Note: Also available at the "Opinion Journal" and Winds of Change. A traditional warm thank you to James Taranto and Joe Katzman for their support for the "Good news" project, and to all of you who are reading it, blogging about it, and cluttering up your friends' inboxes with a link to it.
Marine Cpl. Isaac D. Pacheco of Northern Kentucky enlisted in the Marines on September 12, 2001, and has been serving in Iraq at the Combined Press Information Center. Recently he wrote this for his local newspaper:
It has been a mission of this fortnightly column, now in its nineteenth edition, to bring to readers' attention all that "gets overlooked if not ignored" in Iraq: the advancements of the political and civil society, the rebirth of freedom, economic growth and reconstruction progress, generosity of foreigners and positive role played by the Coalition troops in rebuilding the country, and unremarked upon security successes. Contrary to some critics, the intention has never been to whitewash the situation in Iraq or to downplay the negative; the violence, bloodshed, disappointments and frustrations are all there for everyone to see and read about in the mainstream media on a daily basis. But to point out positive developments is not to deny the bad news, merely to provide a more complete picture. As voters faced with the defining foreign policy issue of the new millennium we owe it to ourselves to be fully informed about the state of affairs in Iraq. And that means both the car bombs and rebuilt hospitals.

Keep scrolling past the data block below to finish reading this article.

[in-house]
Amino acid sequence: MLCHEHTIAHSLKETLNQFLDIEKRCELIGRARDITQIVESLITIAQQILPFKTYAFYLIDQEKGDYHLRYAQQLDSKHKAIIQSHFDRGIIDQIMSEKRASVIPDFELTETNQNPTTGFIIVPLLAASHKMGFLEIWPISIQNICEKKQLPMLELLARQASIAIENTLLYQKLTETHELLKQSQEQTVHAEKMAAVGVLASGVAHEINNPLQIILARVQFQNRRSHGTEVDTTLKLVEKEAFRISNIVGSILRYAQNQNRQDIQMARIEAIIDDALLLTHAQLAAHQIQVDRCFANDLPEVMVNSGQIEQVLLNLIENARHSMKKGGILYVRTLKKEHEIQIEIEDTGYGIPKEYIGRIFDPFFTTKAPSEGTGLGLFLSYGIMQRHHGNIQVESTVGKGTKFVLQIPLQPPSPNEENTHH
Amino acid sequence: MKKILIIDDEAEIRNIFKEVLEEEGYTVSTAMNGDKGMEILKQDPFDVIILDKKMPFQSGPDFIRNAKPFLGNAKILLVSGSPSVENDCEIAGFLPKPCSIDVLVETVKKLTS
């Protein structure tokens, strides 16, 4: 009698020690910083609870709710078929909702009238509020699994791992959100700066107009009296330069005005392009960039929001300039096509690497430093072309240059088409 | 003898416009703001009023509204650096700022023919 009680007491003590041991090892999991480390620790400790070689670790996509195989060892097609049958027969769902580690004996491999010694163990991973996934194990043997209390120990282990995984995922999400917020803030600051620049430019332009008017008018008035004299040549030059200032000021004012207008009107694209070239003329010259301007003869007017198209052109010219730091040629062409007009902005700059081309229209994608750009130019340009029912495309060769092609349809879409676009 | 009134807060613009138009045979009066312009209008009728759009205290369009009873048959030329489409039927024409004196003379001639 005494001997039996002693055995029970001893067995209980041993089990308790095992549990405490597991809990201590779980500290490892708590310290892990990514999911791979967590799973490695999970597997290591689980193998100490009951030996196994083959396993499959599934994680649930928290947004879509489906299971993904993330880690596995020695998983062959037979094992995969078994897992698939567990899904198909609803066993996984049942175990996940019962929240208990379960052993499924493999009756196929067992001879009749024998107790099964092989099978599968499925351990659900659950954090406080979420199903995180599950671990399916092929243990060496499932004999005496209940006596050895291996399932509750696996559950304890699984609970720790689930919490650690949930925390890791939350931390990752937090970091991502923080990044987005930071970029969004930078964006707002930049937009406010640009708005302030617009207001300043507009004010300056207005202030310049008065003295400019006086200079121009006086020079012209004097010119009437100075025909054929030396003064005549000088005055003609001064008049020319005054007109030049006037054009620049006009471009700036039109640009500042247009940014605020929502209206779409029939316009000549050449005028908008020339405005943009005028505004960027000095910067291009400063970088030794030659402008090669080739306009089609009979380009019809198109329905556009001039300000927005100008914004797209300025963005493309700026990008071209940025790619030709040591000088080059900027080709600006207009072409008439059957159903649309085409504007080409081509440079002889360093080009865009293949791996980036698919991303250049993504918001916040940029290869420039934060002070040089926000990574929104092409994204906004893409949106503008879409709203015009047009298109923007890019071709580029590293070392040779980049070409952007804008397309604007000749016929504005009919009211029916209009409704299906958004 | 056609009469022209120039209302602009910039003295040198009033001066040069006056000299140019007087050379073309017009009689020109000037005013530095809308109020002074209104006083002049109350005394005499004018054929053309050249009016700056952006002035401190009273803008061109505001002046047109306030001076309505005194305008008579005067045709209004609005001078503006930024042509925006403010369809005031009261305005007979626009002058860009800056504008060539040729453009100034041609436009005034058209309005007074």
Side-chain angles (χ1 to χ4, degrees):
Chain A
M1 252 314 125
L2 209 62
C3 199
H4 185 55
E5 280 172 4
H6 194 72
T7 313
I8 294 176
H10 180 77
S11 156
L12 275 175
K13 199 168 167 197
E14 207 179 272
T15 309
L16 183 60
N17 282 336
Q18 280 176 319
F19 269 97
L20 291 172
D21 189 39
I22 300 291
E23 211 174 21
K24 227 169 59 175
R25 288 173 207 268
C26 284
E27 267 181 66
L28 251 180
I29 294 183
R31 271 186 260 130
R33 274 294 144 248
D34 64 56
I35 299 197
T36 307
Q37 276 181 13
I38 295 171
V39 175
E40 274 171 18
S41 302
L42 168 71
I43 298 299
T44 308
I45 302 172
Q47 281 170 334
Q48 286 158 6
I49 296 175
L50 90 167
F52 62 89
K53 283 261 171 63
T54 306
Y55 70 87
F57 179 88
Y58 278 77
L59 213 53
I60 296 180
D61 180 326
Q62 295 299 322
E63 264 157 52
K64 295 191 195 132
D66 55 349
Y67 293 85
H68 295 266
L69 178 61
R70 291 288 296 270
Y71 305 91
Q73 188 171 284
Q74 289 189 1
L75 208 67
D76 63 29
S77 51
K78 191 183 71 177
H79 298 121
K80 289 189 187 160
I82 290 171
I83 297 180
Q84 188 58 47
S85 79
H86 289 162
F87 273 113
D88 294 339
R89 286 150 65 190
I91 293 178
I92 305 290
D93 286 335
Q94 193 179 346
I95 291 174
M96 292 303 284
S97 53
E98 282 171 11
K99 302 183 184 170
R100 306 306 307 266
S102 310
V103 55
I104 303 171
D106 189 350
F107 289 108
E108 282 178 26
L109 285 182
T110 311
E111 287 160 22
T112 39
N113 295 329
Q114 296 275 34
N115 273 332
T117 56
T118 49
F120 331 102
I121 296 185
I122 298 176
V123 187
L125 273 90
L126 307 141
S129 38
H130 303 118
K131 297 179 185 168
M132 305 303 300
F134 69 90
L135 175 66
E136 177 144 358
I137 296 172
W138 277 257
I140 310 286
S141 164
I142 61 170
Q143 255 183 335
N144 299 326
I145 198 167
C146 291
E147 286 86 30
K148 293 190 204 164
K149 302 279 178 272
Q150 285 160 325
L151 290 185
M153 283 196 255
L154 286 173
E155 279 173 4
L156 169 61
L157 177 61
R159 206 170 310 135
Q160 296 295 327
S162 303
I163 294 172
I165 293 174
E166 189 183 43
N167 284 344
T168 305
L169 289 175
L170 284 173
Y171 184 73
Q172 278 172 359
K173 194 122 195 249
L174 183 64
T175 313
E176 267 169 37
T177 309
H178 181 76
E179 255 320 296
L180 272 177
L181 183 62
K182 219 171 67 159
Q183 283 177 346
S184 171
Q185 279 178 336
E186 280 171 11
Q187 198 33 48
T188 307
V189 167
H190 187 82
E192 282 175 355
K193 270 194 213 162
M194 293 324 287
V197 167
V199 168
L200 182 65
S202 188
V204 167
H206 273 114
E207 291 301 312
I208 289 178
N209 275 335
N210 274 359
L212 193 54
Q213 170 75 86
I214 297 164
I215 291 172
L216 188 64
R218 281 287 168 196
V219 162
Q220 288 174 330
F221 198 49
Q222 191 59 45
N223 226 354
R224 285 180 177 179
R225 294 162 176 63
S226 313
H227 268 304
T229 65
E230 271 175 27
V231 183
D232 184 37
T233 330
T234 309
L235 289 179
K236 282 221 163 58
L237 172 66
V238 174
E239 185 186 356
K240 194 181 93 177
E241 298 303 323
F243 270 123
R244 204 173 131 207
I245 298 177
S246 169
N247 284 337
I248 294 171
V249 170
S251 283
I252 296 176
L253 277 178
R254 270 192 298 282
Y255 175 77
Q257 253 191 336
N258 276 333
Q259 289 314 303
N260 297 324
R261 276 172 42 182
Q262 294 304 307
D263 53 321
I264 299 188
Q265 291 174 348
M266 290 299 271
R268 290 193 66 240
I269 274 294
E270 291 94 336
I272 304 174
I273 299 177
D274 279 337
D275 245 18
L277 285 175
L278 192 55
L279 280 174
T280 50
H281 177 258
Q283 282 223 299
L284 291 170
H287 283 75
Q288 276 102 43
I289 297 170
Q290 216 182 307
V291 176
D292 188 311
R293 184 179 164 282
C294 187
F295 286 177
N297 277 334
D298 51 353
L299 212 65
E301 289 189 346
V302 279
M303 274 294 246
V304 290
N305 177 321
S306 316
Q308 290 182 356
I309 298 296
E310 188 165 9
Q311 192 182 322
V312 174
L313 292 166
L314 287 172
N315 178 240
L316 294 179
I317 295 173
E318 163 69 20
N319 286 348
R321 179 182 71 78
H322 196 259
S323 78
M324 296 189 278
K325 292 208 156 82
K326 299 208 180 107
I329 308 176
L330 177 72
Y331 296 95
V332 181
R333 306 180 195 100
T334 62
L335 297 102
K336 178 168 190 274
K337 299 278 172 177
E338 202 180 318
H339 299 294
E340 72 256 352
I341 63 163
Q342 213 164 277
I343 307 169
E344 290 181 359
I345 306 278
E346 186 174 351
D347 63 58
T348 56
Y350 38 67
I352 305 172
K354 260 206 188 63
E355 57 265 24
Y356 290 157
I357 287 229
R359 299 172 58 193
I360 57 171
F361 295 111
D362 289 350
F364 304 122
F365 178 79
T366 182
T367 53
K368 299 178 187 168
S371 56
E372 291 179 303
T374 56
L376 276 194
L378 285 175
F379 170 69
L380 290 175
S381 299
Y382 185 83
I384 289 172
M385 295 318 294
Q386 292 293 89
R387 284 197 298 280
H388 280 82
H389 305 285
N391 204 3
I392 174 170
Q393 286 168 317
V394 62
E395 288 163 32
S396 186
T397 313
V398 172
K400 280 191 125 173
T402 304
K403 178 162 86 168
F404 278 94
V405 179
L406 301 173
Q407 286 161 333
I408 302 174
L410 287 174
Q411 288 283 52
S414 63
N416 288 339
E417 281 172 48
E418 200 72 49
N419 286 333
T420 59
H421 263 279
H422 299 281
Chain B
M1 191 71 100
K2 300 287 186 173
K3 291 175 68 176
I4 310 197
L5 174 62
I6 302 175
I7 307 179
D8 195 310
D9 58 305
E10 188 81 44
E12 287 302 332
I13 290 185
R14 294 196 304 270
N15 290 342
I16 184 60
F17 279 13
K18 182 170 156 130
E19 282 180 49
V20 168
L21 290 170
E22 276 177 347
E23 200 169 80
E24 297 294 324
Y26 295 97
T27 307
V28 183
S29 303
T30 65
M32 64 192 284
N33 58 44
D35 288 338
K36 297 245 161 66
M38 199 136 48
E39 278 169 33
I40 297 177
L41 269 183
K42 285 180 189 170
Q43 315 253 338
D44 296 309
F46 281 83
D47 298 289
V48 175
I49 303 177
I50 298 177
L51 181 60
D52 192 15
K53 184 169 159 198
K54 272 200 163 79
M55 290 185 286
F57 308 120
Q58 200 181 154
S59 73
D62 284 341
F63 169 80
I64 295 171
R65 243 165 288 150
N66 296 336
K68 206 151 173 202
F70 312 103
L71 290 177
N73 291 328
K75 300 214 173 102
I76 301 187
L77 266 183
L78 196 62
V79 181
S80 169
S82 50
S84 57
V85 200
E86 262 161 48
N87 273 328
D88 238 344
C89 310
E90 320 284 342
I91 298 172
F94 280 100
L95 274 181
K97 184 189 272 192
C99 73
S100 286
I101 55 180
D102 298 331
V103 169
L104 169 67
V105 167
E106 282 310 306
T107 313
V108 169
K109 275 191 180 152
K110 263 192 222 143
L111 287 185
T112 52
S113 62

"Something struck me as odd this fall as I watched a U.S. satellite news broadcast here in my Baghdad office. Something just didn't seem right. There was the usual tug-of-war between presidential candidates, a story about the Boston Red Sox and a blurb about another explosion in Iraq. The latter story showed the expected images of smoke and debris and people frantically running for cover - images that have become the accepted norm in the minds of many Americans thanks, or should I say no thanks, to the media."
There were no smiling soldiers, no mention of rebuilding efforts, no heartwarming stories about honor and sacrifice. I could swear I've seen that 'stuff' here."
I've become somewhat callused to this kind of seesaw reporting because every day I work with the news agencies that manufacture it. However, many service members shake their heads in frustration each time they see their daily rebuilding efforts ignored by the media in favor of the more 'sensational' car bomb and rocket attack stories. Not to say that tragedies don't happen - Iraq is a war zone - but there is so much more happening that gets overlooked if not ignored."
Below is not the full picture of Iraq - merely that part of it you don't often see on the nightly news or the pages of newspapers. This does not automatically make it more - or less important in the scheme of things, merely equally important to consider.